Tuesday, April 13, 2010

Erstes Futter

Although there is currently an open slot for a saint named Christopher, (see post, Hang on, Saint Christopher) I don't anticipate being elevated to the Canon when I die. I simply have too many faults. But although I recognize my own imperfect existence, I have a generally positive self image. I'm more or less pleased to be me and think most of the time, I'm a pretty good guy. So it comes as a shock when I'm accused of wanton cruelty or blatantly immoral behavior.

As it turns out, my actions have come under attack most aggressively at this time of year, in April, the cruelest month, when lilacs are bred out of the dead land and it's time to prune the willows. When I was a kid, cutting pussy willows was a time-honored tradition. I remember encountering pussy willow catkins even before I entered kindergarten and thinking that they must indeed have been a kind of transspecies creature, formed by crossing kitties with what we always called a "pricker bush" in my neighborhood. It struck me as a fine idea. When I was a little older, I encountered pussy willows in the classroom too and I retain fond memories of these delightful harbingers of spring.

Here in the US, I have a willow growing in my backyard and can cut pussy willows with abandon. Not a spring goes by when I don't cut a few of the earliest shoots to put in a vase in the dining room. But during the years I've spent in Germany, finding a pussy willow wasn't always easy. Sure, there's plenty of rural territory in Germany, but I've always been stuck in the city and avoided taking cuttings from my neighbors, most of whom, I in any case didn't know. You can imagine my pleasure then, when on my most recent stay in Germany, I found a willow growing along a public path. It was a former railroad cut, not maintained as a park, and I reasoned that no one would object if I cut a few shoots to bring home. We wanted to decorate the apartment festively for a party on the weekend.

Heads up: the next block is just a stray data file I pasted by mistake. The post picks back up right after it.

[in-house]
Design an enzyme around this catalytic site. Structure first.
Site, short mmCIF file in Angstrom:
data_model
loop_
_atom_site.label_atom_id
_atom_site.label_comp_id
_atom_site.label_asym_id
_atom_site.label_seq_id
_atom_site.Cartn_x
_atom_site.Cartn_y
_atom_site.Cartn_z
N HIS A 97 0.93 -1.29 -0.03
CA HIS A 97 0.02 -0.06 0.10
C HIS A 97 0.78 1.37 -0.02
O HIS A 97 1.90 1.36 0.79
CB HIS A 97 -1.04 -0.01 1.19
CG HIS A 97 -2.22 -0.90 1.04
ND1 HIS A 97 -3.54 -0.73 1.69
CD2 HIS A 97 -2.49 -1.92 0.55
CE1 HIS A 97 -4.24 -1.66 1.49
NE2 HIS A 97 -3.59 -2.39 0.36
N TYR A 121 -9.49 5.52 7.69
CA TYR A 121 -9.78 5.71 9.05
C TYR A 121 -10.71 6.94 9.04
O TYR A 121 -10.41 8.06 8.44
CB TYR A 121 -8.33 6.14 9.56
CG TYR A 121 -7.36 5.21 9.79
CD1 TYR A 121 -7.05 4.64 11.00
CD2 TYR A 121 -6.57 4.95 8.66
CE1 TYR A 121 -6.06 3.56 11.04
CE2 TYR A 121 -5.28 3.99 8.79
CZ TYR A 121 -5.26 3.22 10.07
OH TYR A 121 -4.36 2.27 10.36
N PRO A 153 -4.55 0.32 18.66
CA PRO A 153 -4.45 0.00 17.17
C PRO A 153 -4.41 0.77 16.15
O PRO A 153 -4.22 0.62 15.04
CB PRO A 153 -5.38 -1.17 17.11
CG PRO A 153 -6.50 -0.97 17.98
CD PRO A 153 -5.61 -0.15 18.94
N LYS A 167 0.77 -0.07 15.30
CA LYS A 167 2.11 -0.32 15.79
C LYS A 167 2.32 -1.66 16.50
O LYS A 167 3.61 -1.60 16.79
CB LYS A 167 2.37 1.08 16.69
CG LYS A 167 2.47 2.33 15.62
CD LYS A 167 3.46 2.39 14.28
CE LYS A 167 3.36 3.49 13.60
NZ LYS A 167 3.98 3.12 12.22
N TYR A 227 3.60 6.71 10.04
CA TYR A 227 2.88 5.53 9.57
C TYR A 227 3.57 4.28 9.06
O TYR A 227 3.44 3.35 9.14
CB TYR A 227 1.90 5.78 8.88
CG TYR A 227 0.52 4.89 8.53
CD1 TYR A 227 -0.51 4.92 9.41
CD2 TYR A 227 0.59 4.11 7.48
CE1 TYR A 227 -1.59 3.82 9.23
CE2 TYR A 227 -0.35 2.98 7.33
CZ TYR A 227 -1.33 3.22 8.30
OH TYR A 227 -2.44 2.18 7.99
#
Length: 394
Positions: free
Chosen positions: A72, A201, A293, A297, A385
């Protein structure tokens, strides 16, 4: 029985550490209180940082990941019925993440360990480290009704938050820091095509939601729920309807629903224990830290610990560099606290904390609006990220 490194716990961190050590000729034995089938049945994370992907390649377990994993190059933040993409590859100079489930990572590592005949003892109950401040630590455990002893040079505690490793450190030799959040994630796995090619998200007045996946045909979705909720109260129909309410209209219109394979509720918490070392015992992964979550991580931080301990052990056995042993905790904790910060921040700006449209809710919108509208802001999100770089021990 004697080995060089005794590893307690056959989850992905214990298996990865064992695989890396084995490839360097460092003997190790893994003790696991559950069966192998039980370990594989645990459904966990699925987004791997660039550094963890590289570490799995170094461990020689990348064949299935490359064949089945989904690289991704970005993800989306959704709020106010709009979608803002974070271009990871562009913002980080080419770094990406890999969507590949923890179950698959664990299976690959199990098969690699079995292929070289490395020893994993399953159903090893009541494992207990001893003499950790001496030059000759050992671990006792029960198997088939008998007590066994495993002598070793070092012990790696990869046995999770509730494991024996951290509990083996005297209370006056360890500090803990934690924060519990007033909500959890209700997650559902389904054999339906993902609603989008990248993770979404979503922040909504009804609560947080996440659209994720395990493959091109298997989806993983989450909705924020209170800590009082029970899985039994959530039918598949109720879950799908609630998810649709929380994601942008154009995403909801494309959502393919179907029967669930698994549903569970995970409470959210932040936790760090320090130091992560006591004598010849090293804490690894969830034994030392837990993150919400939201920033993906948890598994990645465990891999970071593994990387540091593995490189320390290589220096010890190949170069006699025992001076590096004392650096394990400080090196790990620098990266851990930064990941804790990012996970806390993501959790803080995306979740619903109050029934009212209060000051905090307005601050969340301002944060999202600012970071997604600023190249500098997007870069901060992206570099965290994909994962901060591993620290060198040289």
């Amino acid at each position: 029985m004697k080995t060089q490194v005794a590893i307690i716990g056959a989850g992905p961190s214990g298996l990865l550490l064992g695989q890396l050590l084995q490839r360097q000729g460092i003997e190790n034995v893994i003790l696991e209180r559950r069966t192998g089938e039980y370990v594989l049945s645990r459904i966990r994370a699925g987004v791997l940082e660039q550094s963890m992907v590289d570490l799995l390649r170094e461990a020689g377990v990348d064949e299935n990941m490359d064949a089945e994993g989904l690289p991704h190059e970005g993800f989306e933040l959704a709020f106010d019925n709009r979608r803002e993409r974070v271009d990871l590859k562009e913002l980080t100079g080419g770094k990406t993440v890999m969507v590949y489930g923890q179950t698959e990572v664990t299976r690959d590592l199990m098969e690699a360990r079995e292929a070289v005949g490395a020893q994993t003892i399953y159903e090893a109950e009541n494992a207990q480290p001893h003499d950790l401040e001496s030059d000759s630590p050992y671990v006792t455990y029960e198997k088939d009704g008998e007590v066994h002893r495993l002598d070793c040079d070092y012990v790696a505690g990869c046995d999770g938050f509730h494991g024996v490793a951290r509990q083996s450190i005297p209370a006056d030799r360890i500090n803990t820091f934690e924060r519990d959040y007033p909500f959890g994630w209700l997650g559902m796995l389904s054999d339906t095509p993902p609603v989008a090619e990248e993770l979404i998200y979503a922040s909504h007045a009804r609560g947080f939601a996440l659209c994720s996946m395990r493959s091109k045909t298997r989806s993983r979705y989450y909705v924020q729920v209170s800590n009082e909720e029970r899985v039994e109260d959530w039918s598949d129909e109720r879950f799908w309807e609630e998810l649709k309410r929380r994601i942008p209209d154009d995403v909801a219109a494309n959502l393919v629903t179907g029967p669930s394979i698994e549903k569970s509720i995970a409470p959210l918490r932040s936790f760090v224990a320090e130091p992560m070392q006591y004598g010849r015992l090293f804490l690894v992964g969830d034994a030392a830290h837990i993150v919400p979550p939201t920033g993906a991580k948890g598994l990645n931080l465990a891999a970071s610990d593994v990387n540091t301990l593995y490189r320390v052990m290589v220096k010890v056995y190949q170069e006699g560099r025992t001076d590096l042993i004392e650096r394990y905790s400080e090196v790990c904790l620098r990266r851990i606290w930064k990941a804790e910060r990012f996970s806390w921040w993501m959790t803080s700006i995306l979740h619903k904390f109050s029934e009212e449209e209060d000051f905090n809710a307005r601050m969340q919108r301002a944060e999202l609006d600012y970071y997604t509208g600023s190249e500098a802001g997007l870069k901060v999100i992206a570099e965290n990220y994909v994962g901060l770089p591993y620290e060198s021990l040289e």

I was in high spirits until our first guests arrived. It seems that in Germany, children aren't taught to see catkins as the first symbol of spring, but rather as the "first food for the bees." With those pussy willow shoots on my table, all anyone could think of were the the poor starving bees, lying cold and hungry among the crocus in some lonely German pasture. Conversation was difficult and got harder as each of us imagined we could hear the plaintive buzzing of a dying hive, the victim of my thoughtlessness. I didn't like this image of myself as bee-killer, so when the guests went home, I researched this cultural attitude toward the pussy willow thoroughly. It turns out, bees do depend to some extent on willows in the early spring. And this "first food for the bees" thing does run pretty deep in the German psyche. Again and again I uncovered evidence on-line of indignant German speakers, reacting to crimes against the bees. I made a decision to be more sensitive to cultural values and lay off the pussy willows while in Germany.

Willows in America don't respect this new attitude on my part though. They grow like Topsy and this spring the cute little pussy willow I planted behind my house was getting up around five meters high. I hope no one in Germany finds out, but this weekend, I cut it off at the ground and the bees be damned. New shoots will come up and I intend to maintain it as a bush from here on in. Maybe I'll put out a saucer of sugar water for the bees, but come on: rural Utah is lousy with willows. Surely the bees can find some other sucker to provide their first food. And when he dies, I'll nominate him for canonization myself.

1 comment:

Anonymous said...

Mein Gott! it really is verboten, no joke! It sounded so ridiculous but you have to buy the stuff, I never knew that, thank you for opening my eyes, it still is a traditional easter decoration
(but I have to turn in my mother now, it must be done, it is the law, Paragraph 61 Landschaftsgesetz Nordrhein-Westfalen)

eg. http://alteshausmitseele.blogspot.com/2010/03/weidenkatzchen.html (not my mothers) Bye, Alex